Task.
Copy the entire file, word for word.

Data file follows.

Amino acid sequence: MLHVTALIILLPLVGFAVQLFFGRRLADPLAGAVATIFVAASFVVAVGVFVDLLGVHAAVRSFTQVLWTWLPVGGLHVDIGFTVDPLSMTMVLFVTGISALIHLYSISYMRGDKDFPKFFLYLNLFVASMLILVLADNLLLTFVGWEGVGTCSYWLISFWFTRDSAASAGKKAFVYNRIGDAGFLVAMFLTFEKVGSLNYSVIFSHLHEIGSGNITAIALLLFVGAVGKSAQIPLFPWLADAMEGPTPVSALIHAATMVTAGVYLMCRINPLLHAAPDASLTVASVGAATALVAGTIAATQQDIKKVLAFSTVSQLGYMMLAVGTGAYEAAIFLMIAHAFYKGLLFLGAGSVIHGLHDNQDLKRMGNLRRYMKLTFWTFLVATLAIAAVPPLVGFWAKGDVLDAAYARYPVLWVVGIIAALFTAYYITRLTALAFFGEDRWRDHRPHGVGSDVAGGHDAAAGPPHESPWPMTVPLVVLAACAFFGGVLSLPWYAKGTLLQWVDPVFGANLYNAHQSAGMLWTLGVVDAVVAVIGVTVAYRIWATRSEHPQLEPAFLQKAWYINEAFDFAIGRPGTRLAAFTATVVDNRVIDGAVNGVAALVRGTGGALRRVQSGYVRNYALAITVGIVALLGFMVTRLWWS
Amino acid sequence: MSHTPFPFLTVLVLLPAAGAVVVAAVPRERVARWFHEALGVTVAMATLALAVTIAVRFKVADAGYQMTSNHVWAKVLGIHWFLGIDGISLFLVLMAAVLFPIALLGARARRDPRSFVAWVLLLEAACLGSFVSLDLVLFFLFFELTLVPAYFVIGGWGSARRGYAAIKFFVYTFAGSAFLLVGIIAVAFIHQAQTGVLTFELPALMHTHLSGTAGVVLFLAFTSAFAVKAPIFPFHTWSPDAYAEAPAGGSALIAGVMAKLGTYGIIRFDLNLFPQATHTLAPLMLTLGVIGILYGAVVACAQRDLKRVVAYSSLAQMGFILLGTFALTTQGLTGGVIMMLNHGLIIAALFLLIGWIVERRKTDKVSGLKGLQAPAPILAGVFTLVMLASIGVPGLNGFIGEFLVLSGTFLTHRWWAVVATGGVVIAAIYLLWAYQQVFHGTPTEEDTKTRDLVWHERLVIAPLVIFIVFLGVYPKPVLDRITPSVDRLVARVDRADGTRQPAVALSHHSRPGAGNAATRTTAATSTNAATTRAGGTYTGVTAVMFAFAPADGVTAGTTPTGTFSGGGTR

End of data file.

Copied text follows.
Amino acid sequence: MLHVTALIILLPLVGFAVQLFFGRRLADPLAGAVATIFVAASFVVAVGVFVDLLGVHAAVRSFTQVLWTWLPVGGLHVDIGFTVDPLSMTMVLFVTGISALIHLYSISYMRGDKDFPKFFLYLNLFVASMLILVLADNLLLTFVGWEGVGTCSYWLISFWFTRDSAASAGKKAFVYNRIGDAGFLVAMFLTFEKVGSLNYSVIFSHLHEIGSGNITAIALLLFVGAVGKSAQIPLFPWLADAMEGPTPVSALIHAATMVTAGVYLMCRINPLLHAAPDASLTVASVGAATALVAGTIAATQQDIKKVLAFSTVSQLGYMMLAVGTGAYEAAIFLMIAHAFYKGLLFLGAGSVIHGLHDNQDLKRMGNLRRYMKLTFWTFLVATLAIAAVPPLVGFWAKGDVLDAAYARYPVLWVVGIIAALFTAYYITRLTALAFFGEDRWRDHRPHGVGSDVAGGHDAAAGPPHESPWPMTVPLVVLAACAFFGGVLSLPWYAKGTLLQWVDPVFGANLYNAHQSAGMLWTLGVVDAVVAVIGVTVAYRIWATRSEHPQLEPAFLQKAWYINEAFDFAIGRPGTRLAAFTATVVDNRVIDGAVNGVAALVRGTGGALRRVQSGYVRNYALAITVGIVALLGFMVTRLWWS
Amino acid sequence: MSHTPFPFLTVLVLLPAAGAVVVAAVPRERVARWFHEALGVTVAMATLALAVTIAVRFKVADAGYQMTSNHVWAKVLGIHWFLGIDGISLFLVLMAAVLFPIALLGARARRDPRSFVAWVLLLEAACLGSFVSLDLVLFFLFFELTLVPAYFVIGGWGSARRGYAAIKFFVYTFAGSAFLLVGIIAVAFIHQAQTGVLTFELPALMHTHLSGTAGVVLFLAFTSAFAVKAPIFPFHTWSPDAYAEAPAGGSALIAGVMAKLGTYGIIRFDLNLFPQATHTLAPLMLTLGVIGILYGAVVACAQRDLKRVVAYSSLAQMGFILLGTFALTTQGLTGGVIMMLNHGLIIAALFLLIGWIVERRKTDKVSGLKGLQAPAPILAGVFTLVMLASIGVPGLNGFIGEFLVLSGTFLTHRWWAVVATGGVVIAAIYLLWAYQQVFHGTPTEEDTKTRDLVWHERLVIAPLVIFIVFLGVYPKPVLDRITPSVDRLVARVDRADGTRQPAVALSHHSRPGAGNAATRTTAATSTNAATTRAGGTYTGVTAVMFAFAPADGVTAGTTPTGTFSGGGTR